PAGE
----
Credit where credit’s due, Hatred is a masterpiece. Not as a game, mind you, the game itself is a derivative, dull, poorly executed, nihilistic and boring twin stick shooter that doesn’t even manage to capture an ounce of the shock value of Postal, a game released 18 years prior. What Destructive Creations deserves credit for is the way they marketed the game. The developers played both the media and the audience like a harp, finding a niche to exploit and the rumbling undercurrent of dissatisfaction within a certain group of gamers who believe that everything in gaming is going to hell (or maybe more precisely, heaven) in a handbasket because of political correctness.
This same niche wedged the media, playing on all of the bugbears that are perceived by both sides of the whole GamerGate debacle, as what’s wrong with modern gaming, ensuring that each side of the debate – and I use that term advisedly – would fuel the other side. Every negative article would cause the game’s supporters to up their actions and rhetoric, leading to more negative articles and so on.. Destructive Creations created a perfect storm for their release, guaranteeing that no matter if there game turned out to be bad – and it definitely is – the gamers the title was aimed squarely at would be all but honour bound to defend it to the death, and any negative review would be seen as the “corrupt” gaming media trying to shout down a developer that didn’t conform to their “Social Justice Warrior” standpoint. If only half as much effort and creativity had gone into the game.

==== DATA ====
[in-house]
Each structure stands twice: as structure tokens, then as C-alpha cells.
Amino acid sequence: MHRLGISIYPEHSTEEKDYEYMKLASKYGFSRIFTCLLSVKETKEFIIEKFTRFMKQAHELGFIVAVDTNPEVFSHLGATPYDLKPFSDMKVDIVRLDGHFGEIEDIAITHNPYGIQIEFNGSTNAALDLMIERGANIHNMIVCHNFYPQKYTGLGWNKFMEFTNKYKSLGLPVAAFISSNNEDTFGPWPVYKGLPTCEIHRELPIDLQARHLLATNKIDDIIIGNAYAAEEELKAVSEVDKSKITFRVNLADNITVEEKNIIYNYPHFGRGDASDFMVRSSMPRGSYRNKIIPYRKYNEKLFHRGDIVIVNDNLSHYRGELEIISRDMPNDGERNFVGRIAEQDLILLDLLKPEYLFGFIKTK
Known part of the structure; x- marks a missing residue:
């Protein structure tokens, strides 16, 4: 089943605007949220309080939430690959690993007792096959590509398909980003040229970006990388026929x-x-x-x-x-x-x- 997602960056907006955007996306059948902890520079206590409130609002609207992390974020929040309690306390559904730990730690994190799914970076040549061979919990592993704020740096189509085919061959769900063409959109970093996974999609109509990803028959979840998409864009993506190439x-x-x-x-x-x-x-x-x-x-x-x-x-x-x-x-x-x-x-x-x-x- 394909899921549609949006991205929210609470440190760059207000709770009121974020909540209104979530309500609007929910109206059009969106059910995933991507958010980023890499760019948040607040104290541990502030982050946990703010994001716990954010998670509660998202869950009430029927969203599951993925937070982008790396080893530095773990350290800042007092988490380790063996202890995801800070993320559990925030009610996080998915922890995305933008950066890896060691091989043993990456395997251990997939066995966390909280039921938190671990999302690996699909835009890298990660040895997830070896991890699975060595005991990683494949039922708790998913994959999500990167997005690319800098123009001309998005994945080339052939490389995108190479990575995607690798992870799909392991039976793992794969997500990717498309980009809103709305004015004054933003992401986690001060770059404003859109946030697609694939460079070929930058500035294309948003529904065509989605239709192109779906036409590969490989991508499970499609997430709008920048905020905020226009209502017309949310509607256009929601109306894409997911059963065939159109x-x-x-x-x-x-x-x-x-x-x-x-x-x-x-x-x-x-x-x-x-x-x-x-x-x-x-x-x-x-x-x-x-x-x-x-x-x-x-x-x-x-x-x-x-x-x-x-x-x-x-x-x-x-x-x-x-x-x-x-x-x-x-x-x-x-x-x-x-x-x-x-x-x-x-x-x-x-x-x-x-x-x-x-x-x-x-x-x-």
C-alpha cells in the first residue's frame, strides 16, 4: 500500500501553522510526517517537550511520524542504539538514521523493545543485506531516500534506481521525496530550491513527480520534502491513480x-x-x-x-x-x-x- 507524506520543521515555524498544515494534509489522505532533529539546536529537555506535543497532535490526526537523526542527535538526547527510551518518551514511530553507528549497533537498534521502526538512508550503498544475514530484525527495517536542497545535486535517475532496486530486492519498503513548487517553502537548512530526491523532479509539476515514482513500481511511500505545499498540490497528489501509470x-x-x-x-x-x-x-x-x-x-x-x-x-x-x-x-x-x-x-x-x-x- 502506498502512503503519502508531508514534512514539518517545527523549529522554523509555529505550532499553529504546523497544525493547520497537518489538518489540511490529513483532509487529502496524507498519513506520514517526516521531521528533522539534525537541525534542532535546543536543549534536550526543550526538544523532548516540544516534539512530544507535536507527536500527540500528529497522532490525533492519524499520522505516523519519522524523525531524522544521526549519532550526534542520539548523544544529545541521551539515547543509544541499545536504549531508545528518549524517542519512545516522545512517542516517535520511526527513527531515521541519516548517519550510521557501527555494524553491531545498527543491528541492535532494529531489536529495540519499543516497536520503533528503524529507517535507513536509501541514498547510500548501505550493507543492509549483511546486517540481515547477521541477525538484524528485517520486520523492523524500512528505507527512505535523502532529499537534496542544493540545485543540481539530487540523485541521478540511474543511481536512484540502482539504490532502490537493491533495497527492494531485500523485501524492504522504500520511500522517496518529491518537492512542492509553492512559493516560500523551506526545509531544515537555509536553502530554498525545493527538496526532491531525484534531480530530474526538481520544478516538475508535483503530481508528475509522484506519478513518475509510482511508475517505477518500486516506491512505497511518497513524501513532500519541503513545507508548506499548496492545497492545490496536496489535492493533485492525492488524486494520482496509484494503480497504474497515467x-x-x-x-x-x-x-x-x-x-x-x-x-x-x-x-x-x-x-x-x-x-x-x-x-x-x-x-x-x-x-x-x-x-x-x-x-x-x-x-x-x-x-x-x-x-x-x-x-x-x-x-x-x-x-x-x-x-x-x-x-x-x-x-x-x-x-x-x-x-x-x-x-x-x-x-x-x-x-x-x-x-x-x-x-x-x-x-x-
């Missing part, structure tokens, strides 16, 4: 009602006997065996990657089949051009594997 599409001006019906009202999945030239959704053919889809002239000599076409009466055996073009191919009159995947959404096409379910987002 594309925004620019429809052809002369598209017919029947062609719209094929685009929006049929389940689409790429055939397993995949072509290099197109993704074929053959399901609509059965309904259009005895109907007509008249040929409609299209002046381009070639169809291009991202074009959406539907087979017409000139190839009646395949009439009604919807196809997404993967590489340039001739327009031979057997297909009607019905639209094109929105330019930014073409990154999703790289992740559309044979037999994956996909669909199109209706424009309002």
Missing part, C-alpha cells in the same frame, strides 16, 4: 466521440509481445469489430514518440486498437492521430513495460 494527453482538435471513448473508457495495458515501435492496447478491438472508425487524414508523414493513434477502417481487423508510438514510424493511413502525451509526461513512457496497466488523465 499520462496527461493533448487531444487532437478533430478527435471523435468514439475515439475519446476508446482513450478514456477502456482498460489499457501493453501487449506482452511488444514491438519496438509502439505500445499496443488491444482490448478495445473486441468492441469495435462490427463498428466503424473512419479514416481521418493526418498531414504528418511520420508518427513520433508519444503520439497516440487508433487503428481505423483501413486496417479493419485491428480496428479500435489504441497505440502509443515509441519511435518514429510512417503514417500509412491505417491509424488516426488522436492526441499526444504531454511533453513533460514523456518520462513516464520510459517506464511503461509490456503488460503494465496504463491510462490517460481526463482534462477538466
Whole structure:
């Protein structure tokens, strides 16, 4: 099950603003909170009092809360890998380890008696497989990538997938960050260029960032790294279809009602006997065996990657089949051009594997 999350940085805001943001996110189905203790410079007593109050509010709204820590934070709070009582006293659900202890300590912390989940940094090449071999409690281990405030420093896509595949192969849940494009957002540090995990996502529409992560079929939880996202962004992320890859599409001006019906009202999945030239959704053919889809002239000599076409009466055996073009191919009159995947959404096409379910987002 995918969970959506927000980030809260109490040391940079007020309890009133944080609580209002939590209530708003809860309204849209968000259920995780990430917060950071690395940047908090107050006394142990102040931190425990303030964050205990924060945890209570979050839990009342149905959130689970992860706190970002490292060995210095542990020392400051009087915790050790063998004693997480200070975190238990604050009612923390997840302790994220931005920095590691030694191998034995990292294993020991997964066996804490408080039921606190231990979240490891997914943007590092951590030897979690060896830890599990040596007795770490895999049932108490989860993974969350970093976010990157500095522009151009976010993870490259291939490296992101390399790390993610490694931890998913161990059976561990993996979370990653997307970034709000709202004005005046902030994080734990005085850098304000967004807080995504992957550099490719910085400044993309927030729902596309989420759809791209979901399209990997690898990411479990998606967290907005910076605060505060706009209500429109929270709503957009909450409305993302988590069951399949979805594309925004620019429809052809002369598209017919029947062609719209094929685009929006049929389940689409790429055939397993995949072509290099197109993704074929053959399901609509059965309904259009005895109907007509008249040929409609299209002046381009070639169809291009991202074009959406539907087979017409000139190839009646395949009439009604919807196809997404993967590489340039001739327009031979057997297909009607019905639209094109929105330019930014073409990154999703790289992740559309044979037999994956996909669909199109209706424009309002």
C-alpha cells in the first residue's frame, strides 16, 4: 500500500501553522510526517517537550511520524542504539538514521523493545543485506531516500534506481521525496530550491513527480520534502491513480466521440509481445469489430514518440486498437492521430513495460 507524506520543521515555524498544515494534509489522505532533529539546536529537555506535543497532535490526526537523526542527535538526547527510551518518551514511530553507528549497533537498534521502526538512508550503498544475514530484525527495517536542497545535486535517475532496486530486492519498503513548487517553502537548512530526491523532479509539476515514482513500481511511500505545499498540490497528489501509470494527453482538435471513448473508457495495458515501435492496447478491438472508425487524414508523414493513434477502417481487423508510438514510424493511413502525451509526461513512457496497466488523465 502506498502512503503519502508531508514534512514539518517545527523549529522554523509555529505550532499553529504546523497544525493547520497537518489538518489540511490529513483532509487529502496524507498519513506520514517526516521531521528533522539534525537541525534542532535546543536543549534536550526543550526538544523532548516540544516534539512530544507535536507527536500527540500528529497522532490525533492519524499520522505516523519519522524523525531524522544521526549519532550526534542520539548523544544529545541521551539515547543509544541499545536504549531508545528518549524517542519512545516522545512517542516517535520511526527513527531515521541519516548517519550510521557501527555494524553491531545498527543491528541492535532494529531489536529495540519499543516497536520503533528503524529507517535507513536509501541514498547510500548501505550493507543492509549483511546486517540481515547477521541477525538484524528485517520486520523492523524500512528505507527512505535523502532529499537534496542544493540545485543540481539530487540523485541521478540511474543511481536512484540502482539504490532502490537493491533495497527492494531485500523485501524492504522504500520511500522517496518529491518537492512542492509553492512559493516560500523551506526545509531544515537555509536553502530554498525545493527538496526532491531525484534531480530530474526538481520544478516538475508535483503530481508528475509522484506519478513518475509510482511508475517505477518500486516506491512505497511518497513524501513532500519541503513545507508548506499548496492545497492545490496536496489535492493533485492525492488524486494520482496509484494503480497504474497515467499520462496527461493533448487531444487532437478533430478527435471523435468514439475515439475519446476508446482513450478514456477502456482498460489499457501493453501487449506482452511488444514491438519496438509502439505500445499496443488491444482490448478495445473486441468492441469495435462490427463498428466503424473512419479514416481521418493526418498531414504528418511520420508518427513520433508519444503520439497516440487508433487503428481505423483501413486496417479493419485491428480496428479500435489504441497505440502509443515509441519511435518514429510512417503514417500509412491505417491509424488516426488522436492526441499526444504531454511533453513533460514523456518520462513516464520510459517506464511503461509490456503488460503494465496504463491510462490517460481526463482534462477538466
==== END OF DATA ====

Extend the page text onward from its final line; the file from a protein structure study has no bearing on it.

Players take the role of a stereotypical looking greasy haired, trenchcoat clad homicidal git and proceed through a number of grey-brown levels shooting people, most of whom are defenceless and then dealing with the cops, army and other armed types who show up to defend the helpless. That’s about it. Wounding a target or kicking someone to the ground gives the player the opportunity to perform an execution. This is the only way to regain health, so in pretty much every encounter, especially in the later stages of the game in which there are more armed opponents, combat devolves to the same pattern of killing as many targets as possible then running away to find an unarmed civilian to execute to regain health before heading back into the fray again. It’s tired, boring and repetitive. The various guns you pick up aren’t interesting, the opponents are so cookie cutter that it appears there are only a handful of skins, the AI is woeful, the controls are mishandled to such an extent that they are unsatisfying on keyboard and mouse AND gamepad.
Beside the technical issues, of which there are many, the biggest problem with Hatred isn’t that it goes too far, it is that it doesn’t go far enough. If you’re aiming to shock, don’t simply trot out the same thing Running With Scissors did nearly 20 years ago. Give me blood and death and gore and outrageous, confronting violence. Don’t give me monochrome Robotron starring a douchebag.
Why you should play this game?
- You really shouldn’t
- You wish Robotron was a nihilistic goth stereotype
- Free speech or something